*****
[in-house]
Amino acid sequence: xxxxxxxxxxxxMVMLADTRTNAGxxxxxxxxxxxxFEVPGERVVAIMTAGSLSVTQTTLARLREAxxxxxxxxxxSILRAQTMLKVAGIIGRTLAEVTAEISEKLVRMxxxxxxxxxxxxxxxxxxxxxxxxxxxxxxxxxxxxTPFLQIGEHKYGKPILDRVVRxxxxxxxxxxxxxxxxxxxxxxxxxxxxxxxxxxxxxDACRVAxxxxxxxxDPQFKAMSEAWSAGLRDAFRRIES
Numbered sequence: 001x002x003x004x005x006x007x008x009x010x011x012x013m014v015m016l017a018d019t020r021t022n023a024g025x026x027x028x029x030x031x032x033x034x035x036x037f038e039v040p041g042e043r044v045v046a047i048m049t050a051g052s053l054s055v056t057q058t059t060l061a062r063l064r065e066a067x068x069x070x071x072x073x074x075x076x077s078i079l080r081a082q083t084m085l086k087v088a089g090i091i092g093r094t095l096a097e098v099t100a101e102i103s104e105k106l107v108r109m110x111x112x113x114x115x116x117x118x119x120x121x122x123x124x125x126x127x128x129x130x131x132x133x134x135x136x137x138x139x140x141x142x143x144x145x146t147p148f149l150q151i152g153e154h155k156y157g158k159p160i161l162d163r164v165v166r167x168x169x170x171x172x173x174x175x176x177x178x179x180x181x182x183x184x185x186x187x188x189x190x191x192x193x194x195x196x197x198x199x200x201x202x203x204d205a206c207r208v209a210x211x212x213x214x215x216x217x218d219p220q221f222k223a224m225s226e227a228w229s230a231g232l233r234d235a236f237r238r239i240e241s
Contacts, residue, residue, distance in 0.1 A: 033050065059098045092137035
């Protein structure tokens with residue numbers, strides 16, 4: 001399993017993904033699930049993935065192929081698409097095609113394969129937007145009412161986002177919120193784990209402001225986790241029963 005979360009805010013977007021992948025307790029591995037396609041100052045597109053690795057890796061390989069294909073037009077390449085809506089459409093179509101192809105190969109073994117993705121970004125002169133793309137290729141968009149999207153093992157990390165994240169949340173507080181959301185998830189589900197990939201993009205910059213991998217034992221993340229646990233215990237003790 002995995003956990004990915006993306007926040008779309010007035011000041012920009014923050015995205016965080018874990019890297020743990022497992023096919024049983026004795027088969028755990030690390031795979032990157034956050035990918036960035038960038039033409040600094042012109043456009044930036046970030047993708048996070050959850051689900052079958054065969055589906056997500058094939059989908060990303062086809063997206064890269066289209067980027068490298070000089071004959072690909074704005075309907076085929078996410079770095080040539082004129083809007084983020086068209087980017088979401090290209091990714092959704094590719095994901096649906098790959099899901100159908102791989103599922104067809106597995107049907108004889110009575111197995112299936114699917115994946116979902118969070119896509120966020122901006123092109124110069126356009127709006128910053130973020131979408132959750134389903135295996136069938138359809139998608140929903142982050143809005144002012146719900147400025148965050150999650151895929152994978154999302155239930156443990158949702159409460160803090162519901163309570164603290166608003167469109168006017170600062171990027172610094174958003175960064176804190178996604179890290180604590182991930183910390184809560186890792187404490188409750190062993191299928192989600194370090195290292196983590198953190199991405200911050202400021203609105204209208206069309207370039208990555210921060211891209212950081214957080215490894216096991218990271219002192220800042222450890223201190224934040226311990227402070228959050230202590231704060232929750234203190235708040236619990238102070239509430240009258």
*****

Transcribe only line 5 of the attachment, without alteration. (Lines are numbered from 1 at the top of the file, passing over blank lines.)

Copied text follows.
């Protein structure tokens with residue numbers, strides 16, 4: 001399993017993904033699930049993935065192929081698409097095609113394969129937007145009412161986002177919120193784990209402001225986790241029963 005979360009805010013977007021992948025307790029591995037396609041100052045597109053690795057890796061390989069294909073037009077390449085809506089459409093179509101192809105190969109073994117993705121970004125002169133793309137290729141968009149999207153093992157990390165994240169949340173507080181959301185998830189589900197990939201993009205910059213991998217034992221993340229646990233215990237003790 002995995003956990004990915006993306007926040008779309010007035011000041012920009014923050015995205016965080018874990019890297020743990022497992023096919024049983026004795027088969028755990030690390031795979032990157034956050035990918036960035038960038039033409040600094042012109043456009044930036046970030047993708048996070050959850051689900052079958054065969055589906056997500058094939059989908060990303062086809063997206064890269066289209067980027068490298070000089071004959072690909074704005075309907076085929078996410079770095080040539082004129083809007084983020086068209087980017088979401090290209091990714092959704094590719095994901096649906098790959099899901100159908102791989103599922104067809106597995107049907108004889110009575111197995112299936114699917115994946116979902118969070119896509120966020122901006123092109124110069126356009127709006128910053130973020131979408132959750134389903135295996136069938138359809139998608140929903142982050143809005144002012146719900147400025148965050150999650151895929152994978154999302155239930156443990158949702159409460160803090162519901163309570164603290166608003167469109168006017170600062171990027172610094174958003175960064176804190178996604179890290180604590182991930183910390184809560186890792187404490188409750190062993191299928192989600194370090195290292196983590198953190199991405200911050202400021203609105204209208206069309207370039208990555210921060211891209212950081214957080215490894216096991218990271219002192220800042222450890223201190224934040226311990227402070228959050230202590231704060232929750234203190235708040236619990238102070239509430240009258």